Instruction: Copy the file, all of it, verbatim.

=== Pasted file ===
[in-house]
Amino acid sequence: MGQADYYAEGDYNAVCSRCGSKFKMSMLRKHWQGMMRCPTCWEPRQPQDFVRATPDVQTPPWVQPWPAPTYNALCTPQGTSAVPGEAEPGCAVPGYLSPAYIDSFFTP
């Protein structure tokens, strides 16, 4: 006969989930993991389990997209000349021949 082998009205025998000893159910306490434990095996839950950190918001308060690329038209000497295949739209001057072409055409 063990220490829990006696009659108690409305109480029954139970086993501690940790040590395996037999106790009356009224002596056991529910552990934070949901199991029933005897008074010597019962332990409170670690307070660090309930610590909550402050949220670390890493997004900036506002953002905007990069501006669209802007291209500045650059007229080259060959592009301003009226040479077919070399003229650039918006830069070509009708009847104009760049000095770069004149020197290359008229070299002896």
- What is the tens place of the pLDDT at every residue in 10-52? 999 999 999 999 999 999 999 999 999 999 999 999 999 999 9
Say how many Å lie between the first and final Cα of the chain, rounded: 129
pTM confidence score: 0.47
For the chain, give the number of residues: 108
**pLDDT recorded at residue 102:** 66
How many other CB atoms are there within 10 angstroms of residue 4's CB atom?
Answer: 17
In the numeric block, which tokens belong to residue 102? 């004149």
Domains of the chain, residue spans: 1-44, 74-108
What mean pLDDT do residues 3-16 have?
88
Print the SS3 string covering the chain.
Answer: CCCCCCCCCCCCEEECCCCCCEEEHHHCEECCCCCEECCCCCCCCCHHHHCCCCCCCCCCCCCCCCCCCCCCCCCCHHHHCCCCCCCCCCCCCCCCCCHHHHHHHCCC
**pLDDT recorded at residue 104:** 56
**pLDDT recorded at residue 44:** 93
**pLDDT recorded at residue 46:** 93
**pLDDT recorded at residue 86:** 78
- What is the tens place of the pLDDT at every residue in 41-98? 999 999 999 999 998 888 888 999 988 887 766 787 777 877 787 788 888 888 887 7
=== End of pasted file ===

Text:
[in-house]
Amino acid sequence: MGQADYYAEGDYNAVCSRCGSKFKMSMLRKHWQGMMRCPTCWEPRQPQDFVRATPDVQTPPWVQPWPAPTYNALCTPQGTSAVPGEAEPGCAVPGYLSPAYIDSFFTP
């Protein structure tokens, strides 16, 4: 006969989930993991389990997209000349021949 082998009205025998000893159910306490434990095996839950950190918001308060690329038209000497295949739209001057072409055409 063990220490829990006696009659108690409305109480029954139970086993501690940790040590395996037999106790009356009224002596056991529910552990934070949901199991029933005897008074010597019962332990409170670690307070660090309930610590909550402050949220670390890493997004900036506002953002905007990069501006669209802007291209500045650059007229080259060959592009301003009226040479077919070399003229650039918006830069070509009708009847104009760049000095770069004149020197290359008229070299002896």
- What is the tens place of the pLDDT at every residue in 10-52? 999 999 999 999 999 999 999 999 999 999 999 999 999 999 9
Say how many Å lie between the first and final Cα of the chain, rounded: 129
pTM confidence score: 0.47
For the chain, give the number of residues: 108
**pLDDT recorded at residue 102:** 66
How many other CB atoms are there within 10 angstroms of residue 4's CB atom?
Answer: 17
In the numeric block, which tokens belong to residue 102? 């004149």
Domains of the chain, residue spans: 1-44, 74-108
What mean pLDDT do residues 3-16 have?
88
Print the SS3 string covering the chain.
Answer: CCCCCCCCCCCCEEECCCCCCEEEHHHCEECCCCCEECCCCCCCCCHHHHCCCCCCCCCCCCCCCCCCCCCCCCCCHHHHCCCCCCCCCCCCCCCCCCHHHHHHHCCC
**pLDDT recorded at residue 104:** 56
**pLDDT recorded at residue 44:** 93
**pLDDT recorded at residue 46:** 93
**pLDDT recorded at residue 86:** 78
- What is the tens place of the pLDDT at every residue in 41-98? 999 999 999 999 998 888 888 999 988 887 766 787 777 877 787 788 888 888 887 7